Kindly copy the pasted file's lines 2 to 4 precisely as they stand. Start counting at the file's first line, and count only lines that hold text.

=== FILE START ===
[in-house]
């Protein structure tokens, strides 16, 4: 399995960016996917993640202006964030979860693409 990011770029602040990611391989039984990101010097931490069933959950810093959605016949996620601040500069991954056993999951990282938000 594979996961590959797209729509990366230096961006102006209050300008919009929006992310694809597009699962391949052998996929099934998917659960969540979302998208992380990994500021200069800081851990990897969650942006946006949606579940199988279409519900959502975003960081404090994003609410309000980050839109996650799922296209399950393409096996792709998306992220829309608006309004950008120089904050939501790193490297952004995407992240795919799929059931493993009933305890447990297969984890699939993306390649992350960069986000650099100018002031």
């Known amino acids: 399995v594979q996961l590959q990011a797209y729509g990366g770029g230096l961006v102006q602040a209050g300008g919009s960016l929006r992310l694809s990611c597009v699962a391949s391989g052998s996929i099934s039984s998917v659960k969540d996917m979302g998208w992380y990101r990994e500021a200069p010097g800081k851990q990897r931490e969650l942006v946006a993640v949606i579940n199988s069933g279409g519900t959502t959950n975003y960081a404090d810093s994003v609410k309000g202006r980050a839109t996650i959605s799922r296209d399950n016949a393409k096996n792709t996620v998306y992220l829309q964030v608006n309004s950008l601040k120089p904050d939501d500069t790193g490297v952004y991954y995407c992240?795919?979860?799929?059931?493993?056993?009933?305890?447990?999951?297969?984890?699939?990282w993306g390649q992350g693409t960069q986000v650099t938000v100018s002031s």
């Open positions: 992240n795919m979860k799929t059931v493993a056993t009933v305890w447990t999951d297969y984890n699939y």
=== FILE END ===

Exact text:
């Protein structure tokens, strides 16, 4: 399995960016996917993640202006964030979860693409 990011770029602040990611391989039984990101010097931490069933959950810093959605016949996620601040500069991954056993999951990282938000 594979996961590959797209729509990366230096961006102006209050300008919009929006992310694809597009699962391949052998996929099934998917659960969540979302998208992380990994500021200069800081851990990897969650942006946006949606579940199988279409519900959502975003960081404090994003609410309000980050839109996650799922296209399950393409096996792709998306992220829309608006309004950008120089904050939501790193490297952004995407992240795919799929059931493993009933305890447990297969984890699939993306390649992350960069986000650099100018002031």
């Known amino acids: 399995v594979q996961l590959q990011a797209y729509g990366g770029g230096l961006v102006q602040a209050g300008g919009s960016l929006r992310l694809s990611c597009v699962a391949s391989g052998s996929i099934s039984s998917v659960k969540d996917m979302g998208w992380y990101r990994e500021a200069p010097g800081k851990q990897r931490e969650l942006v946006a993640v949606i579940n199988s069933g279409g519900t959502t959950n975003y960081a404090d810093s994003v609410k309000g202006r980050a839109t996650i959605s799922r296209d399950n016949a393409k096996n792709t996620v998306y992220l829309q964030v608006n309004s950008l601040k120089p904050d939501d500069t790193g490297v952004y991954y995407c992240?795919?979860?799929?059931?493993?056993?009933?305890?447990?999951?297969?984890?699939?990282w993306g390649q992350g693409t960069q986000v650099t938000v100018s002031s």
């Open positions: 992240n795919m979860k799929t059931v493993a056993t009933v305890w447990t999951d297969y984890n699939y």